The plenum might let Martinelli walk on today’s motions, or the panel of magistrates serving as the jury might acquit Martinelli on the charges at hand. If they don’t, the magistrate acting as prosecutor, Martinelli appointee Harry Díaz, is asking for a 21-year prison sentence. Presuming conviction, that might seem a bit extreme — or maybe not, considering that some of the people whose privacy Martinelli invaded were judges — and they might hand down a lesser sentence.

It does appear, however, that the rejection of Martinelli’s motion on jurisdiction cooks his legal goose. The fact that this setback did not bring a crowd of Martinelistas onto the streets to protest probably also means that the ex-president’s political relevance has passed.

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Giacometti: Art for dark times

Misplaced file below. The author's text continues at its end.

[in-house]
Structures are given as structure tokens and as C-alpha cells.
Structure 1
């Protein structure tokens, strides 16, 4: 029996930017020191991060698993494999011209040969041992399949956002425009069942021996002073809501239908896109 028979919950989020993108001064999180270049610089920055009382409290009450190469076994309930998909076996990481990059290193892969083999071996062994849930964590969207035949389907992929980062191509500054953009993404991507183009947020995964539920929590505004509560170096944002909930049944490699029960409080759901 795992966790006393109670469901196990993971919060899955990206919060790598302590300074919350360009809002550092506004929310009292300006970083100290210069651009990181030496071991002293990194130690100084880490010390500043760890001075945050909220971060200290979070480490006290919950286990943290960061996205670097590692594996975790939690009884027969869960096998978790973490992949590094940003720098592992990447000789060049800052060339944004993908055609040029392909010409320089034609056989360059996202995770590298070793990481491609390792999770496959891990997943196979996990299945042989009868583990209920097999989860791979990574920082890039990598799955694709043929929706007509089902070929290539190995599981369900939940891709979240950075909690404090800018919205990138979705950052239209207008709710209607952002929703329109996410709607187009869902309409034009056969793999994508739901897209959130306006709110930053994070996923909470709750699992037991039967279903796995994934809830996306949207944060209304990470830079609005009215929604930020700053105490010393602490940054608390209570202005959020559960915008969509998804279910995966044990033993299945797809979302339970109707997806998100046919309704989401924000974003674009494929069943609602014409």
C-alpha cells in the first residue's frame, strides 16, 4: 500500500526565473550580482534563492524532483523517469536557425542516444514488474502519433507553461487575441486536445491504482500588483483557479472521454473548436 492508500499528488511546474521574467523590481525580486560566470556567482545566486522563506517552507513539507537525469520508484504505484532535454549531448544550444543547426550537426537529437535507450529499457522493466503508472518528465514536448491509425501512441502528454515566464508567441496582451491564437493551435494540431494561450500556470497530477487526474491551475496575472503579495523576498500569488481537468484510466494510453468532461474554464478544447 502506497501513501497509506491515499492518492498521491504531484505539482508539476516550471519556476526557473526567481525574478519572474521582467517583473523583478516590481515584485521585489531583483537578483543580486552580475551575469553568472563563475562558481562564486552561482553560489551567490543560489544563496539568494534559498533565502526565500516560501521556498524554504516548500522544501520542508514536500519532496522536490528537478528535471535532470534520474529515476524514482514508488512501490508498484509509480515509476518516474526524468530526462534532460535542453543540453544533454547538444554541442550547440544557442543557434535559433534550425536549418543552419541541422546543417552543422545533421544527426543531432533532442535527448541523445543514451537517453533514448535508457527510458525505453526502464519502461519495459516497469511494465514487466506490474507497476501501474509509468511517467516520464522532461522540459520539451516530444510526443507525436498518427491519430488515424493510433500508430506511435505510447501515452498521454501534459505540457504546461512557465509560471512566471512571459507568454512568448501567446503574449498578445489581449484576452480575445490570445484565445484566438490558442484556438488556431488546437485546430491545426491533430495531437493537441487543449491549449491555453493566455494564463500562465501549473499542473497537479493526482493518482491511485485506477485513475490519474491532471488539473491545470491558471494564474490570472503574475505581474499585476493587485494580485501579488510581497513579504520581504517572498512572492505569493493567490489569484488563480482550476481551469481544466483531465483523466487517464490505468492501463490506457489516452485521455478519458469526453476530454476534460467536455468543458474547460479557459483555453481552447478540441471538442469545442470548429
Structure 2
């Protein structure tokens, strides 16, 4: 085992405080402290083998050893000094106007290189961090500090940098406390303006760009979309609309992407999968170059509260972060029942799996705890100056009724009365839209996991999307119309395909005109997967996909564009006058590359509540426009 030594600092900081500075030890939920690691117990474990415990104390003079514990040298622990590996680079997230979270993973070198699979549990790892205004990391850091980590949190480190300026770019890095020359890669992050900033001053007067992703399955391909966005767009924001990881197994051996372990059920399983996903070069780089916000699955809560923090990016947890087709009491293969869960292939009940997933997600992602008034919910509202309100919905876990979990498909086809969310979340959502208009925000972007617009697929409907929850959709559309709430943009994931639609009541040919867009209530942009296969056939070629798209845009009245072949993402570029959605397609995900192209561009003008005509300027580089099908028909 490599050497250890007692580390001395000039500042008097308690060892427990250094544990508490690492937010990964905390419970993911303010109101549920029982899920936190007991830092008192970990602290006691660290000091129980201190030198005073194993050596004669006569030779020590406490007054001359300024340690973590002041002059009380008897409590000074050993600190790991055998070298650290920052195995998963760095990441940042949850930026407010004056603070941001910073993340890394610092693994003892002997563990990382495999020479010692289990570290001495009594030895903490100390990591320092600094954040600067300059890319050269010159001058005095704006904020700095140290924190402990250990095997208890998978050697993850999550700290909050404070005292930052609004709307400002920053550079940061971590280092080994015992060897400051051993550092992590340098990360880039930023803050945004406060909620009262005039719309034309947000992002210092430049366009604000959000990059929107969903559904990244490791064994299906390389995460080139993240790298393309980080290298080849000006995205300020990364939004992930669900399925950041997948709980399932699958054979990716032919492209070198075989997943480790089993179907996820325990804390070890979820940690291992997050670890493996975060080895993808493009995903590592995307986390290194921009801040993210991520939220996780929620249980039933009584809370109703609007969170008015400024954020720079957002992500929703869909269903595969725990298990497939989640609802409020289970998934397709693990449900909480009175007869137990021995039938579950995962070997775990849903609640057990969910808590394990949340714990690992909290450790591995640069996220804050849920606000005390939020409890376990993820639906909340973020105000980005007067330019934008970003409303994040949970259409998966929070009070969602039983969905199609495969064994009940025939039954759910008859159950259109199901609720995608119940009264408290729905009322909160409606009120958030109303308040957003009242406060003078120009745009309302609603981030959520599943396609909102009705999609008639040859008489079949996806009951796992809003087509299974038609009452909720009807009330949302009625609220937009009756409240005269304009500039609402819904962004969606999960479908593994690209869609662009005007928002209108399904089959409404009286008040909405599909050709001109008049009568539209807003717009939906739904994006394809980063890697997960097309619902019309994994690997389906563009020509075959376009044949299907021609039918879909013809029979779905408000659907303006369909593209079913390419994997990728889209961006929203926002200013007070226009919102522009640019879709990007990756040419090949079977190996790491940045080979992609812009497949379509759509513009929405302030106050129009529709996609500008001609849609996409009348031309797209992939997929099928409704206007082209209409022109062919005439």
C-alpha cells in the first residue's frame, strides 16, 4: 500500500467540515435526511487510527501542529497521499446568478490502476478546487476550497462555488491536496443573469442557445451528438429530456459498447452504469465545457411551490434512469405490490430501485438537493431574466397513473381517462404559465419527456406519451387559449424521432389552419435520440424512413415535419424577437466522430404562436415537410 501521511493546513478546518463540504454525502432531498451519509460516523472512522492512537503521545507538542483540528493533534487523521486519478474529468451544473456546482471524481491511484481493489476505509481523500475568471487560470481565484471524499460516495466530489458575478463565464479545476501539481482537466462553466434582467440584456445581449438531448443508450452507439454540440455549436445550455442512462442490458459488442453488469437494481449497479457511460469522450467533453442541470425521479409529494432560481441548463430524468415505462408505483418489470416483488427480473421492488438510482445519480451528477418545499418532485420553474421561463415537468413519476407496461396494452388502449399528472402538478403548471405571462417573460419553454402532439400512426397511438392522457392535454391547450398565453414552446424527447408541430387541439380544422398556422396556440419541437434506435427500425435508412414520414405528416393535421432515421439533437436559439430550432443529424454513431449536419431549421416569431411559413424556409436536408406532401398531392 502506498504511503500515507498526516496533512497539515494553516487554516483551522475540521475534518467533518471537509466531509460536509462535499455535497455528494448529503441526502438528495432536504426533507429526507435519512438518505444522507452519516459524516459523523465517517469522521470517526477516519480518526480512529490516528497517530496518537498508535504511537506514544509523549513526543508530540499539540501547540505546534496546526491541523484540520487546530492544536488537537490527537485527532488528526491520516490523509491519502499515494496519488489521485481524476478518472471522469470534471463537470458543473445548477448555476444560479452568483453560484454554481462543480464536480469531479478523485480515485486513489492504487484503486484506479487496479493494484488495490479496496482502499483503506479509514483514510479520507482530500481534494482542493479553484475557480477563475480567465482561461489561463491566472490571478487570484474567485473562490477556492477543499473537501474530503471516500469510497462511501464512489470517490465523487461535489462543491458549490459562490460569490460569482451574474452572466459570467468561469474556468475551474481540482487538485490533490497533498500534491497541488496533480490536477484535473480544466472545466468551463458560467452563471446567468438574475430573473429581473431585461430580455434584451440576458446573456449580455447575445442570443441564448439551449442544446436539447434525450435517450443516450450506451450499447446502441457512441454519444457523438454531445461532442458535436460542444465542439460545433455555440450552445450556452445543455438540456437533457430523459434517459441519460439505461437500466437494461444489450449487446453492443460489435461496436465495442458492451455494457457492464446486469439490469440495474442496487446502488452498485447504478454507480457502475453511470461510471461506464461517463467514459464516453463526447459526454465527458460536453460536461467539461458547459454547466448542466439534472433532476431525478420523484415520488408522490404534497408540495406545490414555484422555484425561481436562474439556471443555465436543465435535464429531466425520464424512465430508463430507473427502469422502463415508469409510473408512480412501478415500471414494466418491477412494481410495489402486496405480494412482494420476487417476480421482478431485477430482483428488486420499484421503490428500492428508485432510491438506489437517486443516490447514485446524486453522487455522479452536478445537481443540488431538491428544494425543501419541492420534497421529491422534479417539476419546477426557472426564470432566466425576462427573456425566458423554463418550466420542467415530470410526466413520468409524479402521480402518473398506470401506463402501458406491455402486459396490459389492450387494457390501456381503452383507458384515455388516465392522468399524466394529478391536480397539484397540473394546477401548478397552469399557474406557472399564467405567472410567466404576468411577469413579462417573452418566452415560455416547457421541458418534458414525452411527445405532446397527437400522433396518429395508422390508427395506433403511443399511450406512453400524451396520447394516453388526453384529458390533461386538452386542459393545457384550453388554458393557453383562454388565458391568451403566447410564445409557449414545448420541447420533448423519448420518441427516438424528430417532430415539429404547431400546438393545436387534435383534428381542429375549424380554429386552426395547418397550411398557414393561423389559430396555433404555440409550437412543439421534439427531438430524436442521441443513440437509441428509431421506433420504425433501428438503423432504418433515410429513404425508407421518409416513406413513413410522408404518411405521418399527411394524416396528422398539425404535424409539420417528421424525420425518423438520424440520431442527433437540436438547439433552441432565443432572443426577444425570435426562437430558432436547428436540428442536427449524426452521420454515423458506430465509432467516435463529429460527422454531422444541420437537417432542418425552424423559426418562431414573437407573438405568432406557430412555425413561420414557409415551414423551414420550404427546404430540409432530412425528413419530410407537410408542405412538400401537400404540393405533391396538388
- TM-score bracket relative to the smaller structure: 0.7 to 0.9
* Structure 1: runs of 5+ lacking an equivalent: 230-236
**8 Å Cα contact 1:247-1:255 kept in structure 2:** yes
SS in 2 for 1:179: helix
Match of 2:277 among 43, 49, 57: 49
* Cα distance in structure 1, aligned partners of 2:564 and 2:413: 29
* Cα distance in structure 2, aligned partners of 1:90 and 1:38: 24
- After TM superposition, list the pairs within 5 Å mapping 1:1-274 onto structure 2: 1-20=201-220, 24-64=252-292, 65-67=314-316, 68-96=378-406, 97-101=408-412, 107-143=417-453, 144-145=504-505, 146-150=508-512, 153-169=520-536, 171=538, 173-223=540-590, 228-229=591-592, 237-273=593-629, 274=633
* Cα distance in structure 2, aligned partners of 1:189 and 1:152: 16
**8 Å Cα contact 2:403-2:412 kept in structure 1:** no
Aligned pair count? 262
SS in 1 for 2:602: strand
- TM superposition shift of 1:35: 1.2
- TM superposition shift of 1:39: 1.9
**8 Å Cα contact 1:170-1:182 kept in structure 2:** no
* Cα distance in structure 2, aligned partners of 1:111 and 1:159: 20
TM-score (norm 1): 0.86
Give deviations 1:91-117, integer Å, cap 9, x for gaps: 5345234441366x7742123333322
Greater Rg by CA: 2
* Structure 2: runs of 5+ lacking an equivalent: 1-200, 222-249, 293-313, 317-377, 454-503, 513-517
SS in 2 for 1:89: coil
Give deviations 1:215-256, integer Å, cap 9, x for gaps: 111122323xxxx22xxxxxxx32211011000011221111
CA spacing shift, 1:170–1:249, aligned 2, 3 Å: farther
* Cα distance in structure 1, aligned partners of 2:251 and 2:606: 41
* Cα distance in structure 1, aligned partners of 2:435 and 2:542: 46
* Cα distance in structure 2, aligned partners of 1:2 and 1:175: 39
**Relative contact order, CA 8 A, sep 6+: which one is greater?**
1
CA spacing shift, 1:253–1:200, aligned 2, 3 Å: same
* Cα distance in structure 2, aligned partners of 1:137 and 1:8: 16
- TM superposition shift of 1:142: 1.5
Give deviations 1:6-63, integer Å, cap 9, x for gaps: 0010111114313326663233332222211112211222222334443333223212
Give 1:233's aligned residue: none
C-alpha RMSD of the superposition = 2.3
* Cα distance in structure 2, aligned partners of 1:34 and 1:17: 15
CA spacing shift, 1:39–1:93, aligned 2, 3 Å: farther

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Giacometti
Invisible Object, from the US National Gallery.

An artist for dark times: Giacometti at the Guggenheim Museum

by Sam Ben-Meir

From the beginning, Donald Trump’s administration has been marred by corruption and outright contempt for the rule of law — with the president’s firing of FBI Director James Comey “because of the whole Russia thing” and persistent efforts to undermine Robert Mueller’s Russia probe; with his refusal to divest himself of private businesses, his attacks on judges who rule against him, and much else besides. Trump’s shameless claim to unbounded executive power manifested itself recently in repeated calls to deprive unauthorized immigrants of their due process rights. The conditions in migrant detention centers are horrifying, and photos from one facility in McAllen, Texas showed children being held in cages. According to Senator Elizabeth Warren’s Facebook report, this border facility is an enormous warehouse “filled with cages. Cages for men. Cages for women. Cages for mamas with babies. Cages for girls. Cages for boys.”